I became so obsessed with my cold cabin that I purchased a digital thermometer. It’s a basic model which shows the current temperature and humidity and the daily highs and lows.
The display read 1.5°C when I jumped out of bed the following morning to turn the heating on. I crawled back into bed and waited an hour for the cabin to warm up. The thermometer had risen to 5.5°C the second time I checked, so I made a breakfast which required two gas rings, the oven and the grill burning. That increased the cabin temperature to a bearable 14°C, providing I wore two fleeces and a hat.
Trying to view my frigid living conditions positively, I realised that after early morning breakfast in a cold cabin, standing on the unprotected deck of a cruiser stern boat didn’t seem so bad.
I had thirty miles to cover to reach my next target, The Anderton Boat Lift. I filled my diesel tank before I left Tattenhall. Because I’m data-obsessed, I wanted to know how much diesel the engine and the Eberspacher burned each day. The forty-one litres I put in didn’t please me. After four days on the boat, that meant that I had used ten litres a day, so I could expect to put another four hundred litres in the tank before I returned The Fridge to Overwater Marina. To put this figure in perspective, it’s about the same amount of fuel Orient needed to transport me 1,143 miles over 12 months last year.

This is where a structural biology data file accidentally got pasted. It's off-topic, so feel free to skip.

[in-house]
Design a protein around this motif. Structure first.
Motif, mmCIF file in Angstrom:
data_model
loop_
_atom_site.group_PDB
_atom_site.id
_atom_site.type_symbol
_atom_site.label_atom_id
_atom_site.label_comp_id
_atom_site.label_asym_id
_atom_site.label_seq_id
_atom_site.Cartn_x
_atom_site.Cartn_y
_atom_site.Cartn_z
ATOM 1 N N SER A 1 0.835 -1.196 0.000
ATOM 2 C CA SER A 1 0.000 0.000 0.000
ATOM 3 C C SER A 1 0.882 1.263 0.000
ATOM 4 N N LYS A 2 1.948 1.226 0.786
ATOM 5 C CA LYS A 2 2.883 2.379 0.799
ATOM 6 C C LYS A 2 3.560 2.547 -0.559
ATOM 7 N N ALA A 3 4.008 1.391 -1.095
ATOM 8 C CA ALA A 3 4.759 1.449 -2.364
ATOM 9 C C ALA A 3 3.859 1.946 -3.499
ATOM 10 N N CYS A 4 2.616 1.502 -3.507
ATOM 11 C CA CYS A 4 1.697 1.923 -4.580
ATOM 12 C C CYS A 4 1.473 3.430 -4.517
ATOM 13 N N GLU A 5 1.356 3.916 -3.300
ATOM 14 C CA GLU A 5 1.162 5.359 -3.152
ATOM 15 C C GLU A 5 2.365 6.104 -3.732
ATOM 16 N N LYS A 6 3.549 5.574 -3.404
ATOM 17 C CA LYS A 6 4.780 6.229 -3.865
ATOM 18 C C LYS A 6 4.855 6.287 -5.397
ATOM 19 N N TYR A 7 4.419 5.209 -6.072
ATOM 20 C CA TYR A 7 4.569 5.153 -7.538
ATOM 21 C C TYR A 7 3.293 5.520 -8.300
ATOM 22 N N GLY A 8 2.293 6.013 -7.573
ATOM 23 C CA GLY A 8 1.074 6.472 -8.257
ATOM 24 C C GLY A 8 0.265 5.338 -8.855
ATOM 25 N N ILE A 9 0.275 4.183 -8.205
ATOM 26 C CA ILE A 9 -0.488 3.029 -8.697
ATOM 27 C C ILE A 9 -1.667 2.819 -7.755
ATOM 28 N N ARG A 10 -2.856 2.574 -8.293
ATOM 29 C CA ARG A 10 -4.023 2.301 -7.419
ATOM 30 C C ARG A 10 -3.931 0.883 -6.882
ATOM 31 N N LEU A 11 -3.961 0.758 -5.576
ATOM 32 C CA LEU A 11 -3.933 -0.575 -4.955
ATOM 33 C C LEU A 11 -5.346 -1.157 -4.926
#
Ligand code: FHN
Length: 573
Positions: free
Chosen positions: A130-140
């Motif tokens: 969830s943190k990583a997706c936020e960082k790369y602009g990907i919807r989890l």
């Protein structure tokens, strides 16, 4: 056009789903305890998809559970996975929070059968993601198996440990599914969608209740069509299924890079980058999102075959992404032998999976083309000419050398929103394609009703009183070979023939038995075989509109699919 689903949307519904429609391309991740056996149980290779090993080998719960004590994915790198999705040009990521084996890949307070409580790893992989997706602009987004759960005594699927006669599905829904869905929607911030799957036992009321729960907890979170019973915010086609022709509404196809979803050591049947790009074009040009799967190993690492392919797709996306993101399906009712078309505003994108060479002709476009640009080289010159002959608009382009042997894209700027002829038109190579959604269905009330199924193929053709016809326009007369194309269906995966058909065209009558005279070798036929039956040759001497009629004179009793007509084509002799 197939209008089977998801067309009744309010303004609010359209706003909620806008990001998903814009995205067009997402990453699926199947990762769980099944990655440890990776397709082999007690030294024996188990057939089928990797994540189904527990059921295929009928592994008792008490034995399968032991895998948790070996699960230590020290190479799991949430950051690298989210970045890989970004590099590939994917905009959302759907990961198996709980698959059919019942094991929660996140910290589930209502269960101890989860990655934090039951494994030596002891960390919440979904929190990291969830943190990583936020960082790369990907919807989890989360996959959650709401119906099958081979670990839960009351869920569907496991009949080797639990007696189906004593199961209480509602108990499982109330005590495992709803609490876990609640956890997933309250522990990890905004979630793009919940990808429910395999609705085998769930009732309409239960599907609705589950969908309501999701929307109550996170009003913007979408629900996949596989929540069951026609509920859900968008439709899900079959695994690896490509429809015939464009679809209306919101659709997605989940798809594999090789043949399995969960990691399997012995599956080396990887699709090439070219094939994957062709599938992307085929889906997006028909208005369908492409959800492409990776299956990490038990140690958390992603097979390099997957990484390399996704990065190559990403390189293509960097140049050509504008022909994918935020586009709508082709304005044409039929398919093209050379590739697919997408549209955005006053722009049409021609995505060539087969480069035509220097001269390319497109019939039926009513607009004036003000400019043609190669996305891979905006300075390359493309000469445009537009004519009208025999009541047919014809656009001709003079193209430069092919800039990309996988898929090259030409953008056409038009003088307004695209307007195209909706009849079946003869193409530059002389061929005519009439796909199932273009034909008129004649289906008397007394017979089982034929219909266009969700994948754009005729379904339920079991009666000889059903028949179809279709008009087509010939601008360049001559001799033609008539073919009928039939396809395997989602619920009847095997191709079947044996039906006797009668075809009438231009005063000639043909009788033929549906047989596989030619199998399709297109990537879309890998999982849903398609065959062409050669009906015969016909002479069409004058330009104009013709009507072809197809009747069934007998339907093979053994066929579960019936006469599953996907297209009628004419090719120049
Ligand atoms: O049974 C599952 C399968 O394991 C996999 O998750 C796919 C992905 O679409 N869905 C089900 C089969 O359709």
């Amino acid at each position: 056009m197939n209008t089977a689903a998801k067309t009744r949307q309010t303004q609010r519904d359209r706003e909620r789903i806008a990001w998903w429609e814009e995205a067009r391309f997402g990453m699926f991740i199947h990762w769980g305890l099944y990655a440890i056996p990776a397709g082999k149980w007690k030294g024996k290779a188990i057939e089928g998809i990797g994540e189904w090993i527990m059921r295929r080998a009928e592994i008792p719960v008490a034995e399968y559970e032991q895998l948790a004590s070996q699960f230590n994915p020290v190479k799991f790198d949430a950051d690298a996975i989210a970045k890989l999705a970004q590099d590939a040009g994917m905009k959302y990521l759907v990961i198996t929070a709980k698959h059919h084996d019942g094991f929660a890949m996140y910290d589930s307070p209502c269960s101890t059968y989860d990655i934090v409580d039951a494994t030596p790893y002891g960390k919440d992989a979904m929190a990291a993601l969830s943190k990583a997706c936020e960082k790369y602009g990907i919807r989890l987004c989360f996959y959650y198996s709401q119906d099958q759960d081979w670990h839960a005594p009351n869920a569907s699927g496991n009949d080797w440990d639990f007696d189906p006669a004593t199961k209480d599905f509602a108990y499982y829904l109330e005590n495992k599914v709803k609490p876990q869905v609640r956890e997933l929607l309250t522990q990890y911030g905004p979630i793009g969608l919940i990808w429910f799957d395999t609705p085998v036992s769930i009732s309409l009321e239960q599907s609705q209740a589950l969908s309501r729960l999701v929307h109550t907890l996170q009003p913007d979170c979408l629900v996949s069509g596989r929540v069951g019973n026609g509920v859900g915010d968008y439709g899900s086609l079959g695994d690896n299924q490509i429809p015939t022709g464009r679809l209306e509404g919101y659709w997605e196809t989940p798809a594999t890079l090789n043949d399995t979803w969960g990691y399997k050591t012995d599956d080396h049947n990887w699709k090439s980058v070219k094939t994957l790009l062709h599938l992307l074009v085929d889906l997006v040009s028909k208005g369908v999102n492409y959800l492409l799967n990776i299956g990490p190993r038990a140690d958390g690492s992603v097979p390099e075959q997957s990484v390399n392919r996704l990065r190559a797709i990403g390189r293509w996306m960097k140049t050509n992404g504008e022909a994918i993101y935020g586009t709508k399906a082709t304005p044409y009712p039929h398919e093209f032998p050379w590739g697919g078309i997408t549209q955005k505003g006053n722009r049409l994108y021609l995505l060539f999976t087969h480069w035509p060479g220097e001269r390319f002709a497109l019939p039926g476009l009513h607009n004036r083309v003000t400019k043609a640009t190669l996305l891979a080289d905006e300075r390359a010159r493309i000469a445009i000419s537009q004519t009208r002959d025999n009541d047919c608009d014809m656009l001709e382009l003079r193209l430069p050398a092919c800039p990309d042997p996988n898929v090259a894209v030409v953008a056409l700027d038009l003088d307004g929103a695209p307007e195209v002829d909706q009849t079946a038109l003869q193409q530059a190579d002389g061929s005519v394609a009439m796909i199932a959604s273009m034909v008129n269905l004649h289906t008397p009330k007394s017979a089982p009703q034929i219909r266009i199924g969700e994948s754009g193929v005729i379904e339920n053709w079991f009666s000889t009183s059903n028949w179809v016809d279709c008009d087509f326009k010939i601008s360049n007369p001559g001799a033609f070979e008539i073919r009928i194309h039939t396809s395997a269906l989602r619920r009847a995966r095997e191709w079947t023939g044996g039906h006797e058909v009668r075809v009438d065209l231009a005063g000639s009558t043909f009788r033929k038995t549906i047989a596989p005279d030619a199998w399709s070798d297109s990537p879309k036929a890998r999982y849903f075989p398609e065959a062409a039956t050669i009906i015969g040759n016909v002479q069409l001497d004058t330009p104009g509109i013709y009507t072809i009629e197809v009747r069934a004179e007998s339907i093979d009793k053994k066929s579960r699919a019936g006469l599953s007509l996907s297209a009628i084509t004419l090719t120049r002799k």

I cruised for three miles to Wharton’s lock and stayed there for three days. One of the many aspects of winter cruising I love is the tranquillity. I see a few dog walkers and hikers at weekends, but the countryside is all mine most of the time.
I made the most of a cloudless sky on my second day and squelched through shin-deep mud along the Sandstone Trail to Beeston Castle. A firm surface to walk on justified the National Heritage £11 entrance fee.
I stayed for three hours admiring and exploring the 1,000-year-old ruins. Much as I enjoyed them, the roundhouse, recently constructed based mainly on guesswork and post holes unearthed by archaeologists in the castle’s inner keep, fascinated me more.